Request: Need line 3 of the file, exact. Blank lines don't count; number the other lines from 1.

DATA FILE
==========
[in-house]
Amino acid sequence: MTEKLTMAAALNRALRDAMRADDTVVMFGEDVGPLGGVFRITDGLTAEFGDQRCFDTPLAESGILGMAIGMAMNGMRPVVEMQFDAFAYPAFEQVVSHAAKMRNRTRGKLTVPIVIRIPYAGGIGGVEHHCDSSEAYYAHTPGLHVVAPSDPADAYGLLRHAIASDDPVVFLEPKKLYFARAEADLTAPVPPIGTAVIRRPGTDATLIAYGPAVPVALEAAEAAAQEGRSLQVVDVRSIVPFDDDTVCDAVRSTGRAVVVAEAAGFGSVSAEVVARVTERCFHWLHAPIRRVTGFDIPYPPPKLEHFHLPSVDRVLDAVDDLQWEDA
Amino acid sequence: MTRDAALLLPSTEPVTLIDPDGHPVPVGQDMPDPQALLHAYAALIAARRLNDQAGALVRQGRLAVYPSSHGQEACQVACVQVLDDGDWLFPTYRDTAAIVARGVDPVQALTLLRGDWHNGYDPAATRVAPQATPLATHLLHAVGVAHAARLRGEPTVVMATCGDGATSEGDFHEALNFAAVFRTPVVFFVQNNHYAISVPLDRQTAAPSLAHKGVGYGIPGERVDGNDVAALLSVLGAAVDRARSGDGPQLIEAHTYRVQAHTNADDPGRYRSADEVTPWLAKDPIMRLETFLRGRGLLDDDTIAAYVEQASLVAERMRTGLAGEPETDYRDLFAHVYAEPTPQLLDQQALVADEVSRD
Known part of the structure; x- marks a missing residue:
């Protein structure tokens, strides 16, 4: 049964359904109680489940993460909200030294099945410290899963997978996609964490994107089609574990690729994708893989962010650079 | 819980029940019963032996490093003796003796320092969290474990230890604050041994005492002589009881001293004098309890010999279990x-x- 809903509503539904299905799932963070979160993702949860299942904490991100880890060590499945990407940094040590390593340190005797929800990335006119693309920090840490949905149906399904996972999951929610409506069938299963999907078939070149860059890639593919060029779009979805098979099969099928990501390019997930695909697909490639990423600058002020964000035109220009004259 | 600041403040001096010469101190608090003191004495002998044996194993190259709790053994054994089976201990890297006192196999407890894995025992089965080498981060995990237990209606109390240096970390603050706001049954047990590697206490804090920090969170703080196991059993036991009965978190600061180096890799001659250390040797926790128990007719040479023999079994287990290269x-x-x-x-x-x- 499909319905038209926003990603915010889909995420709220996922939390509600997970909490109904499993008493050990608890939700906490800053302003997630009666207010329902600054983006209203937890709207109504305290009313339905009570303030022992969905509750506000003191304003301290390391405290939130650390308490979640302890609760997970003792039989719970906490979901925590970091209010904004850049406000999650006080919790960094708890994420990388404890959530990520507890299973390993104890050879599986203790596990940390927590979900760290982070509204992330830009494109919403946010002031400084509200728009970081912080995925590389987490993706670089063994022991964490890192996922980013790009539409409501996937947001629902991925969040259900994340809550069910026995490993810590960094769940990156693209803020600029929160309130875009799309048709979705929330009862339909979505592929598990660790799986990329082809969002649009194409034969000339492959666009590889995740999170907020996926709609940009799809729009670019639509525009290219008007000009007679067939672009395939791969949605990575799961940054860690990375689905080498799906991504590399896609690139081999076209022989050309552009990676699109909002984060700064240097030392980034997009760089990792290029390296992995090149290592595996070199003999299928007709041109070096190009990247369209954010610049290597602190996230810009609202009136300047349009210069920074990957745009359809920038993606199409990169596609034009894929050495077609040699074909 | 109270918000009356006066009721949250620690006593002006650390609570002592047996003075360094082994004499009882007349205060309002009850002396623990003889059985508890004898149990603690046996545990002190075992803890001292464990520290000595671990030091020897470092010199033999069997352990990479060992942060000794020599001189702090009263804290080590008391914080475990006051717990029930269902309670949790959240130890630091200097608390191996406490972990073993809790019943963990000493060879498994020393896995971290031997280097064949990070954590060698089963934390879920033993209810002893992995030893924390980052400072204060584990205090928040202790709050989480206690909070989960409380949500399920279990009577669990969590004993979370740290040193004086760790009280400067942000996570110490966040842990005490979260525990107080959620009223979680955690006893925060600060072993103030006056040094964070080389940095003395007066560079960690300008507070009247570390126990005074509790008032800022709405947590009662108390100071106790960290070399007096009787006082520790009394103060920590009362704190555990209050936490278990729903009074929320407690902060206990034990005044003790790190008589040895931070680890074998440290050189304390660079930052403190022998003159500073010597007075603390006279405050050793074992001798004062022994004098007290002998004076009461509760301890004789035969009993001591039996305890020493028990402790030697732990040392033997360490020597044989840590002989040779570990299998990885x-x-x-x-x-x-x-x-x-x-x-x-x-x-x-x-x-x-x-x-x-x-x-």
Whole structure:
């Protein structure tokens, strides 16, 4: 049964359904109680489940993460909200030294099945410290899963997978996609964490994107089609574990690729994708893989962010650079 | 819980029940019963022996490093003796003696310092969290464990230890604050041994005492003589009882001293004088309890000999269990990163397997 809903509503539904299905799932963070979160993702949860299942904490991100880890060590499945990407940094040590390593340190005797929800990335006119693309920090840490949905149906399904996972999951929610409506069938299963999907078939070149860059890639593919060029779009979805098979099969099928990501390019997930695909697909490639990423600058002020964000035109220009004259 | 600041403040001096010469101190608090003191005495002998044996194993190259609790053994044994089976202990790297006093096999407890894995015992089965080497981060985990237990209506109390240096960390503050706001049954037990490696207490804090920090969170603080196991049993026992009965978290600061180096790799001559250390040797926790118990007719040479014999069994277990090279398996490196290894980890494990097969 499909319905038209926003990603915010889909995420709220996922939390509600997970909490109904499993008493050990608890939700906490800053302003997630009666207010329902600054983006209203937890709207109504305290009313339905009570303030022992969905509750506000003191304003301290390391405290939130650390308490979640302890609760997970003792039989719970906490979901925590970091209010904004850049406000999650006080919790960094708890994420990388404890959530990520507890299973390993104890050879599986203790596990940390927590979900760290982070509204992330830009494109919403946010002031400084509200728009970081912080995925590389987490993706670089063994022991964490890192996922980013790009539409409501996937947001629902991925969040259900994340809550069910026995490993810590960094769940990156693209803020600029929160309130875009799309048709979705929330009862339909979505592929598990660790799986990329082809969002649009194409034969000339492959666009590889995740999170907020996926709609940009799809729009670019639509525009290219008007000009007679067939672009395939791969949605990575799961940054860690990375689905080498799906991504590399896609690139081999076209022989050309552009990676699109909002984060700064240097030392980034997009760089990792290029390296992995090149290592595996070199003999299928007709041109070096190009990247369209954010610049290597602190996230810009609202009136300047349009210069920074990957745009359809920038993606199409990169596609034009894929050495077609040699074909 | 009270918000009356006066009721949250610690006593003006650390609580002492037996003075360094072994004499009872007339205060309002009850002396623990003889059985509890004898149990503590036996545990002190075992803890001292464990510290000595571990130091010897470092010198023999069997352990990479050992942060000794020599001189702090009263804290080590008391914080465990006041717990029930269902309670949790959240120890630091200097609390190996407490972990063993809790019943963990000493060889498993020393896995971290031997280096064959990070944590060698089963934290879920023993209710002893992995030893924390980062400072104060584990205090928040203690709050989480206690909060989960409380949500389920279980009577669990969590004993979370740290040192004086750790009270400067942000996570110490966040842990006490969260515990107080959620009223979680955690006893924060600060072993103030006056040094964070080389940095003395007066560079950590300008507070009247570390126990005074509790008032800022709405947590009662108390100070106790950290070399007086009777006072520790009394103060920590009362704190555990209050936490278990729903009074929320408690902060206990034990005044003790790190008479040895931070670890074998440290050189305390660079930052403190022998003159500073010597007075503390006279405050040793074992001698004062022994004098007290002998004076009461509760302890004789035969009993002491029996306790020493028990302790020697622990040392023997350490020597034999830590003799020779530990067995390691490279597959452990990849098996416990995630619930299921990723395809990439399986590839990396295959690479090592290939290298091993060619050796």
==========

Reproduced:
Amino acid sequence: MTRDAALLLPSTEPVTLIDPDGHPVPVGQDMPDPQALLHAYAALIAARRLNDQAGALVRQGRLAVYPSSHGQEACQVACVQVLDDGDWLFPTYRDTAAIVARGVDPVQALTLLRGDWHNGYDPAATRVAPQATPLATHLLHAVGVAHAARLRGEPTVVMATCGDGATSEGDFHEALNFAAVFRTPVVFFVQNNHYAISVPLDRQTAAPSLAHKGVGYGIPGERVDGNDVAALLSVLGAAVDRARSGDGPQLIEAHTYRVQAHTNADDPGRYRSADEVTPWLAKDPIMRLETFLRGRGLLDDDTIAAYVEQASLVAERMRTGLAGEPETDYRDLFAHVYAEPTPQLLDQQALVADEVSRD